Recently there’s been a lot of discussion about inflation. How is it impacting the economy? How is it impacting my investments? What adjustments can we make so that we’re better prepared to deal with rising interest rates? These are complex questions that often require a long-term approach to provide context and find a solution.
Let’s first clearly define what inflation is. At its core, inflation measures the change in prices. A commonly quoted index is the CPI (Consumer Price Index) which measures the average change in price for a market basket of consumer goods and services. At the end of March, the year over year increase in the CPI was 8.5%. Some of the most obvious places we notice inflation is at the gas station or the grocery store. Rising costs put pressure on consumers and businesses, often times leading to less spending, lower profits and increased borrowing costs (e.g. mortgage rates increasing). Historically inflation has averaged 3.26%. In addition, it is a metric which tends to revert to the mean. Less than 3 years ago we were in a persistently low inflation environment. Now it is just the opposite. Our view is that over time inflation will revert to its long-term average. While inflation is uncomfortable in the short term, it is an ordinary part of a healthy business cycle.
The idea that high inflation is bad for investing, particularly fixed income investing, is widely misunderstood. The fear is that high inflation will cause the Federal Reserve to increase interest rates. When interest rates increase, existing bond prices drop and the value of future earnings decrease. While this theoretically is the case, we think looking at historical data can help shed some light on past interest rate hikes. Below is a chart outlining the performance of the Dow Jones Industrial Average, S&P 500 and the Nasdaq composite during previous periods of rate hikes.
As one can see from the chart above, all three indexes had positive average gains throughout their respective periods of rate hikes. While history is no indication of future performance, I think it provides good context to the current inflation narrative.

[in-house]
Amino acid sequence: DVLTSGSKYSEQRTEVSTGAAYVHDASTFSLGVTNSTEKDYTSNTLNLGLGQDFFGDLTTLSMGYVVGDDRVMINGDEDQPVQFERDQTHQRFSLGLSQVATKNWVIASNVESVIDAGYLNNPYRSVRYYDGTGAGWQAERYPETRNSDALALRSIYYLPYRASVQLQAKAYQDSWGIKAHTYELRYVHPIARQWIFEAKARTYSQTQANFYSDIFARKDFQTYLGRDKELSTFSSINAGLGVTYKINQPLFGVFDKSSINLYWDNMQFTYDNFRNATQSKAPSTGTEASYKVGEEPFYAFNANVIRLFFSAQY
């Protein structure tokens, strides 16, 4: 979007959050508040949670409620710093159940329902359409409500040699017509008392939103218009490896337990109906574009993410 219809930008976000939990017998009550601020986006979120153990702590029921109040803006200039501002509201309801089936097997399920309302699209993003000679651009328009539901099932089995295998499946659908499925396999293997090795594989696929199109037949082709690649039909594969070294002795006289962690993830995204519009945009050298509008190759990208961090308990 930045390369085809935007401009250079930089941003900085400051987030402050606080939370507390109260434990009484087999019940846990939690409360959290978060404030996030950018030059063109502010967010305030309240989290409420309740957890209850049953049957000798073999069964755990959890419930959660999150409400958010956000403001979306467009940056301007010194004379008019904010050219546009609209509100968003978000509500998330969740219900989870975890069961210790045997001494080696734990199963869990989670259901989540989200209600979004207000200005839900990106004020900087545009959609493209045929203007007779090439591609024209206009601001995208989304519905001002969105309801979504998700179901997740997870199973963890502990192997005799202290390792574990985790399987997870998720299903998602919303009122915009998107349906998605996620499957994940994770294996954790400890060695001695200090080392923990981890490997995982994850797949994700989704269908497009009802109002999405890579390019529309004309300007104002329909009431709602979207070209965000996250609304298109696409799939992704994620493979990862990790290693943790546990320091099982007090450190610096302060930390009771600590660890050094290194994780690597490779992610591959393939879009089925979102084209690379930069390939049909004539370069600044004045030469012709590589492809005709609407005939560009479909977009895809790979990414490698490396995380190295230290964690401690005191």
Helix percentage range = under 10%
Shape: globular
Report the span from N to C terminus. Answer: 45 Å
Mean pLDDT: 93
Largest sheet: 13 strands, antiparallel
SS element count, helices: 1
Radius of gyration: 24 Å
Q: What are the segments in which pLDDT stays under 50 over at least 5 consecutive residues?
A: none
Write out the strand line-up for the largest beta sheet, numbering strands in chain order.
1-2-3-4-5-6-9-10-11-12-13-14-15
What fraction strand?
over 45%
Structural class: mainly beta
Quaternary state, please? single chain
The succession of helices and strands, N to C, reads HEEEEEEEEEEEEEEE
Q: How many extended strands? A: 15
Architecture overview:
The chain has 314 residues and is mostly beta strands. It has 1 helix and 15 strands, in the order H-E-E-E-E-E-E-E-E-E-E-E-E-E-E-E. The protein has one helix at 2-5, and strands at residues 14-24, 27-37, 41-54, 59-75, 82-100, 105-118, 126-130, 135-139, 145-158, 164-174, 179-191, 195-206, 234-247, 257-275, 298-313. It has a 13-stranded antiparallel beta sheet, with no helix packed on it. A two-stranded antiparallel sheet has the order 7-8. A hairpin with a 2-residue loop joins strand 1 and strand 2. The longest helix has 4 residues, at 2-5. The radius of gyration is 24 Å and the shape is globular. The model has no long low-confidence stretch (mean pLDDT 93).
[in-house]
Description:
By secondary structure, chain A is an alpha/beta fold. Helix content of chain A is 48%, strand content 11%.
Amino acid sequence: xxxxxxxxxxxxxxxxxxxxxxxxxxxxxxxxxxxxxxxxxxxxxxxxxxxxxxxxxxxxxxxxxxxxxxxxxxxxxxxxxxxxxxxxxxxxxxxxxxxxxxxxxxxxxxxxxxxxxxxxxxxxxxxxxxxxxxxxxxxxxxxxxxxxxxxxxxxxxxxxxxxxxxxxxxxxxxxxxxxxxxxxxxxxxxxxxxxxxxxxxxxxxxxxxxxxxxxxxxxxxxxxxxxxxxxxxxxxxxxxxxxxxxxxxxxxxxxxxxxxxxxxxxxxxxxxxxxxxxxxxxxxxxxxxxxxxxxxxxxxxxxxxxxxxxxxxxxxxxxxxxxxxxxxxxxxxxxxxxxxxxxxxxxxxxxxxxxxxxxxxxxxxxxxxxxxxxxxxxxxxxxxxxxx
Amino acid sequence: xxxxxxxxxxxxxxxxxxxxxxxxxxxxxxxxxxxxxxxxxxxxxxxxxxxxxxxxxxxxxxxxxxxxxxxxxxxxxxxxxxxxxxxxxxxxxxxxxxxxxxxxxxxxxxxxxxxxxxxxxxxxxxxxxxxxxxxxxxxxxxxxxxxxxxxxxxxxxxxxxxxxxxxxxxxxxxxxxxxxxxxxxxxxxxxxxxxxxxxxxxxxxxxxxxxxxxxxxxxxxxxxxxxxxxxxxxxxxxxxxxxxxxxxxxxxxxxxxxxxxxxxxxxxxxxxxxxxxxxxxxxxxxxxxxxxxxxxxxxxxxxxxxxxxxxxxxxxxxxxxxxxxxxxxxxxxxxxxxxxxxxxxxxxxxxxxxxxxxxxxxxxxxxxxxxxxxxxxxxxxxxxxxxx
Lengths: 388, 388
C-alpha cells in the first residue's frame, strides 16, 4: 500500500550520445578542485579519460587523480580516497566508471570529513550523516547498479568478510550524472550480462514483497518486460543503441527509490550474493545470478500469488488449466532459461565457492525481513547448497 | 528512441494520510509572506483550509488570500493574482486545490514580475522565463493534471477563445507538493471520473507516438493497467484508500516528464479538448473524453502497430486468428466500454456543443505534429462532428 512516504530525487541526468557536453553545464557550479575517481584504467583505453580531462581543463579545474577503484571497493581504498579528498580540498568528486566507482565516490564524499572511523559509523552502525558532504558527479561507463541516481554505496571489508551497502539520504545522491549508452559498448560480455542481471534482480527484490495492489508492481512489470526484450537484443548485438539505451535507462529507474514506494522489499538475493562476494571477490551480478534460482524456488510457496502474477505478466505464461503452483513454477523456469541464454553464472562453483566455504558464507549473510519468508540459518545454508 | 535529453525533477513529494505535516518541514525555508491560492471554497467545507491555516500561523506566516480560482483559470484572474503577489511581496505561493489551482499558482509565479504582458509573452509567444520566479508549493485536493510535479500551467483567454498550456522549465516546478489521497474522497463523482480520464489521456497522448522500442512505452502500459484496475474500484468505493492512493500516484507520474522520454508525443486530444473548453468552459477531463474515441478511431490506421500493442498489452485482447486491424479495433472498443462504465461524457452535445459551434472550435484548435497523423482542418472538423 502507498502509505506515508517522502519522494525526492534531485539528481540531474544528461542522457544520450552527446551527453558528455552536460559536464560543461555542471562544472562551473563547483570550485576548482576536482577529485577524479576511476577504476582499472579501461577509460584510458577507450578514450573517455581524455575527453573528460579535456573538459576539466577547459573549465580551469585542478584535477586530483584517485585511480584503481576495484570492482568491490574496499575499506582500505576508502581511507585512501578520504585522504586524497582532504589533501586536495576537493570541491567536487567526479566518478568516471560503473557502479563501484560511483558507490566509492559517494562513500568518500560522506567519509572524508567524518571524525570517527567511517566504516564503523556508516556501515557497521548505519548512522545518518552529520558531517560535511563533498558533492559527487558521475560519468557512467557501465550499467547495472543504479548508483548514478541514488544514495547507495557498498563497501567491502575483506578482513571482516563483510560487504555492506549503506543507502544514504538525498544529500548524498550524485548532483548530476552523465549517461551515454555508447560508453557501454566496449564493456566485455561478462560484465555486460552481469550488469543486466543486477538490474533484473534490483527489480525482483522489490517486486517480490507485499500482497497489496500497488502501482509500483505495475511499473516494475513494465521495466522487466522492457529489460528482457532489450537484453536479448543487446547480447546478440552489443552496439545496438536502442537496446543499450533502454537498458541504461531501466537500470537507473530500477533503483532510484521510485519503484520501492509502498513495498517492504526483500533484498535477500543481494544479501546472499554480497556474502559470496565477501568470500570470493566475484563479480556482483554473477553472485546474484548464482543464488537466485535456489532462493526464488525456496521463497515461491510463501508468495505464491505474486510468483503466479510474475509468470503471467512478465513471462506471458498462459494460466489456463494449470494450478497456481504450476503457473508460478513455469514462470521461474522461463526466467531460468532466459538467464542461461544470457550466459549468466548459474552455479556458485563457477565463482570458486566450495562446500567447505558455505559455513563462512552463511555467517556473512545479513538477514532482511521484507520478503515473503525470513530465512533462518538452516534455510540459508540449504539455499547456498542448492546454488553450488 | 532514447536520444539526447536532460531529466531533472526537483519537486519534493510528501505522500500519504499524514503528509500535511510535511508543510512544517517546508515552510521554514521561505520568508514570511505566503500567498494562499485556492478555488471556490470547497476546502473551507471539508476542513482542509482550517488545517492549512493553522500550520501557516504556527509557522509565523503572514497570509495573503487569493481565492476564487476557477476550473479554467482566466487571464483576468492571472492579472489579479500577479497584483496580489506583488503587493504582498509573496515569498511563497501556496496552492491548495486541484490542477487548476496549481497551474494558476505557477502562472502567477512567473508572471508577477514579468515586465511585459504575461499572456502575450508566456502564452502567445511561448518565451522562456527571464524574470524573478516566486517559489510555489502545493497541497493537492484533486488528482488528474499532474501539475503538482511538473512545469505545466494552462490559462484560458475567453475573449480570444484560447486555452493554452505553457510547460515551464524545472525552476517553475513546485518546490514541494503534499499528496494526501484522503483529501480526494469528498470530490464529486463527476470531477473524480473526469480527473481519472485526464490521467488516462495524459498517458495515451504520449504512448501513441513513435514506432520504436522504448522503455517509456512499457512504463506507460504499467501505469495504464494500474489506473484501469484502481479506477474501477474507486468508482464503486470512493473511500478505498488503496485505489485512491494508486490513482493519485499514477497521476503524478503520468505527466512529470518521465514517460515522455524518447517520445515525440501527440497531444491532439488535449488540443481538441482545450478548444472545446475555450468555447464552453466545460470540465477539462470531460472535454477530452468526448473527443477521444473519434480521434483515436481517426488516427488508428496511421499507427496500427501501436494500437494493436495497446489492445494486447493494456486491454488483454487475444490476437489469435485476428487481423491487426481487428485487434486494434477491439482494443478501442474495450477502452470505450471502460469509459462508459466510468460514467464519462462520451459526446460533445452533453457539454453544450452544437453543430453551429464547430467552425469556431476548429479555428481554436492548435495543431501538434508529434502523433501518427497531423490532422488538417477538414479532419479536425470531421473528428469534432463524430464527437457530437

There are many steps a person can take to prepare for inflation. There are investments which inherently adjust and change with inflation (e.g. TIPs, floating rate bonds). However, one of the most prudent steps is reviewing one’s financial plan and making the necessary adjustments. Inflation can meaningfully impact cash flow projections, so understanding the inflation assumptions in your financial plan is important.
Big picture, the inflation narrative is dominating current news, and the feds response to inflation is uncertain. Overtime inflation should revert to its mean level. In addition, high inflation and rising interest rates aren’t necessarily bad for investment outcomes (the data would show otherwise). We encourage you to review your financial plan and the inflation assumptions in it. We’re here to help.
-The AdvisoryOne Group
The opinions voiced in this material are for general information purposes only and are not intended to provide specific advice or recommendations for any individual. All performance referenced is historical and is no guarantee of future results. All indices are unmanaged and may not be invested into directly.
Economic forecasts set forth may not develop as predicted and there can be no guarantee that strategies promoted will be successful.
 Consumer Price Index. U.S. Bureau of Labor Statistics.https://www.bls.gov/cpi/ (Accessed April 22, 2022).
 United State Inflation Rates. Trading Economics. https://tradingeconomics.com/ (Accessed April 22, 2022).
 How Does the Stock Market Perform When Interest Rates Rise. Forbes Advisor.https://www.forbes.com/advisor/investing/how-interest-rates-affect-stock-market/ (Accessed April 24, 2022).